A Shelter From Life’s Storms

This nonprofit has helped support its neighbors in crisis for more than 35 years. Learn how it answered the call to serve the larger community when a natural disaster struck.
Apr 12, 2024 9:00 AM ET

By Kim Borges

An EF-3 tornado ripped a path of destruction and despair six football fields wide across Little Rock, Arkansas, last March 31.

The compassion and support that followed the devastation stretched even wider.

One year later, we’re sharing perspective from a Little Rock nonprofit leader whose team immediately sprang into action to help people and families in their greatest time of need. It’s what Our House does – not only when natural disaster strikes, but every day. Learn more about this Regions Bank and Regions Foundation community partner.

“It’s a universal thing; everyone needs support at some point in their lives.”

Ben Goodwin knows. At age 10, his family home burned down. And, in 2009, Goodwin and his wife faced the crisis of their newborn daughter needing significant medical care, bringing their family to Little Rock, and subsequently bringing him to Our House.

“I needed flexible work because we spent a lot of time at the hospital,” he explained. “I had volunteered at Our House before joining the team as a part-time grant writer. I knew the mission, loved the mission – but the hard time I was going through helped the mission resonate even more for me.”

While Goodwin’s trials have offered him greater understanding and empathy, the now-executive director of Our House, which provides housing assistance, career services, child education programs and more, is the first to say the personal challenges by no means compare to the challenges their clients face.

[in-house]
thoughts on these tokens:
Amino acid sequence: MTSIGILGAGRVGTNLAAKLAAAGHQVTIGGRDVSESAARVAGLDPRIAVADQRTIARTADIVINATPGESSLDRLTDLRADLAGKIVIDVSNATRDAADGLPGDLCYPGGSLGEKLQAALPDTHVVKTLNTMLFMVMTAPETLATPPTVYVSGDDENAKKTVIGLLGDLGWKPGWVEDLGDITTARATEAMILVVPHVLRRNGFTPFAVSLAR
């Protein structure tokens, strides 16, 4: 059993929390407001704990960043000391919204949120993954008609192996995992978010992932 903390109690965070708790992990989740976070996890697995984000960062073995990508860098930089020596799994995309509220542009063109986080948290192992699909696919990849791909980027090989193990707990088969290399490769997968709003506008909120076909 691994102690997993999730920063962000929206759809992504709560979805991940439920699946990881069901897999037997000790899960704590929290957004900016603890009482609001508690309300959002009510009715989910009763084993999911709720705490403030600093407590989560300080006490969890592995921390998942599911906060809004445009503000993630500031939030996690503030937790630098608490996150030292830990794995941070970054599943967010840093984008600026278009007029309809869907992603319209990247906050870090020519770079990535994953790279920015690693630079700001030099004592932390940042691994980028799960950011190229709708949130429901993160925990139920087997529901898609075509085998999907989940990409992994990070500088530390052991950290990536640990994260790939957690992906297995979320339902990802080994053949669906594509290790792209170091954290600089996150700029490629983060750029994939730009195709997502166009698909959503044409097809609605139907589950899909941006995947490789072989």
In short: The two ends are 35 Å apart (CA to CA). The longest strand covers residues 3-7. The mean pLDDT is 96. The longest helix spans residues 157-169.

“In most cases, the families we serve don’t have a deep and strong safety net,” he said. “We want to be that support network for people when they need it. We work really hard to help them build a cushion to weather the storms in their lives.”

Meaning, when the actual storm came, Goodwin and team were ready.

“We’re always mobilized for things like this,” he said. “It felt like a dramatic example of the types of things we deal with every day. We’re in the business of helping people who don’t have homes.”

The Regions Foundation, a nonprofit primarily funded by Regions Bank, provided a $10,000 grant to Our House last April to assist with shelter and childcare services for people impacted by the tornado. Regions Bank in Little Rock recently contributed $5,000 to assist with Our House’s operational support and team members also teach financial education classes to the organization’s career center clients.

“Support from Regions Bank and the Regions Foundation is important because, ultimately, we’re all in this together as a community,” said Goodwin. “We’ve worked to build our value proposition at Our House by focusing on what we do best as an organization. Regions Bank and the Regions Foundation care about the community and want to make an impact. There are a lot of deep connections here that mean a lot to us.”

Regions Bank and the Regions Foundation care about the community and want to make an impact. There are a lot of deep connections here that mean a lot to us.